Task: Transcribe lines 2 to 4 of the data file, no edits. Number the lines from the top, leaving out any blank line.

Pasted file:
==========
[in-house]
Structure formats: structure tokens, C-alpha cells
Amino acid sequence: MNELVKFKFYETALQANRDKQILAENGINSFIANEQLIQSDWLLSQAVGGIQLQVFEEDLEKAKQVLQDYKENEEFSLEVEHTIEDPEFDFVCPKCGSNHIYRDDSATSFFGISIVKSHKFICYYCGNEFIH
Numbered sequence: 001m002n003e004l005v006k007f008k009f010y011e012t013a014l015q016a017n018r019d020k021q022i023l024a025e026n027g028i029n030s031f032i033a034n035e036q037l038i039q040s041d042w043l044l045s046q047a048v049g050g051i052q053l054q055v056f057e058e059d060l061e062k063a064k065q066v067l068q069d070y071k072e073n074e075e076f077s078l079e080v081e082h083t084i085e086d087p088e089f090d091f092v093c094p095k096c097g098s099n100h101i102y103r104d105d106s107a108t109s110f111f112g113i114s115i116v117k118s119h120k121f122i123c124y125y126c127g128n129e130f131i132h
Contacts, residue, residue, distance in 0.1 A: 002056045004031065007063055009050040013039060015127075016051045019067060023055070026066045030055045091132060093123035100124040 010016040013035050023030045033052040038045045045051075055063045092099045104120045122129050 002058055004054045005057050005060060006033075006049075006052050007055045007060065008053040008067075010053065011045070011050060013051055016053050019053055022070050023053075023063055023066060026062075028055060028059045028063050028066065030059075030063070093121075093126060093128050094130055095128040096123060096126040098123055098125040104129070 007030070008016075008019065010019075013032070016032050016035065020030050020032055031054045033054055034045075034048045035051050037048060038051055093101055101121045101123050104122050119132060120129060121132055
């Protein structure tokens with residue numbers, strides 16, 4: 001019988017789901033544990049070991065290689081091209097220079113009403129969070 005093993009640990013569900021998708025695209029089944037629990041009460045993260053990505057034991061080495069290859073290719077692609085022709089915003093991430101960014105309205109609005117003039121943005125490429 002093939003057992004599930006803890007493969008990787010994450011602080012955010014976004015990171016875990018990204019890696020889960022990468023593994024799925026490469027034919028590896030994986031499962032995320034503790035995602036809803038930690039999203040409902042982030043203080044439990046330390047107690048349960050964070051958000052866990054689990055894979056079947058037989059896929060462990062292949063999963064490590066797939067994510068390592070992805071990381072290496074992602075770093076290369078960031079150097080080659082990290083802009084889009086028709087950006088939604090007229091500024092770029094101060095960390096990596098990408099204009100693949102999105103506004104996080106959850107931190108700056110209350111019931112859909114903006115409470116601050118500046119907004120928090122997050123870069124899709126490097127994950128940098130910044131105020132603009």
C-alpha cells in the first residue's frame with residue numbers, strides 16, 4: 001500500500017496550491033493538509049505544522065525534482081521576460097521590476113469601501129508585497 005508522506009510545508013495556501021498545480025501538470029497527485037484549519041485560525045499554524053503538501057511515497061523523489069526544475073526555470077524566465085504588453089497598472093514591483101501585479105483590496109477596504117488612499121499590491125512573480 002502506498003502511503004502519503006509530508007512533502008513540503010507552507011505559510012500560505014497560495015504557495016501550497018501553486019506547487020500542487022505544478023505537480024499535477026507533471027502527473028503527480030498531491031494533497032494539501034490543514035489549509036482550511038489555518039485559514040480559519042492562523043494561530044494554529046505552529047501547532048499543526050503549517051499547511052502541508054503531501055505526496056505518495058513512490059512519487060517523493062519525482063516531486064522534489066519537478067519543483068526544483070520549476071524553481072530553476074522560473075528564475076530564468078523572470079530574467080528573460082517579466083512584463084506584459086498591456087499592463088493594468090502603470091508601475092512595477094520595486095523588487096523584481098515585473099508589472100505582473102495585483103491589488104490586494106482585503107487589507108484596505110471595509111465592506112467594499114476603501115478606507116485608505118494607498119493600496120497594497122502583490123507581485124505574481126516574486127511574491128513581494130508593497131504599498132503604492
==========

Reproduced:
Structure formats: structure tokens, C-alpha cells
Amino acid sequence: MNELVKFKFYETALQANRDKQILAENGINSFIANEQLIQSDWLLSQAVGGIQLQVFEEDLEKAKQVLQDYKENEEFSLEVEHTIEDPEFDFVCPKCGSNHIYRDDSATSFFGISIVKSHKFICYYCGNEFIH
Numbered sequence: 001m002n003e004l005v006k007f008k009f010y011e012t013a014l015q016a017n018r019d020k021q022i023l024a025e026n027g028i029n030s031f032i033a034n035e036q037l038i039q040s041d042w043l044l045s046q047a048v049g050g051i052q053l054q055v056f057e058e059d060l061e062k063a064k065q066v067l068q069d070y071k072e073n074e075e076f077s078l079e080v081e082h083t084i085e086d087p088e089f090d091f092v093c094p095k096c097g098s099n100h101i102y103r104d105d106s107a108t109s110f111f112g113i114s115i116v117k118s119h120k121f122i123c124y125y126c127g128n129e130f131i132h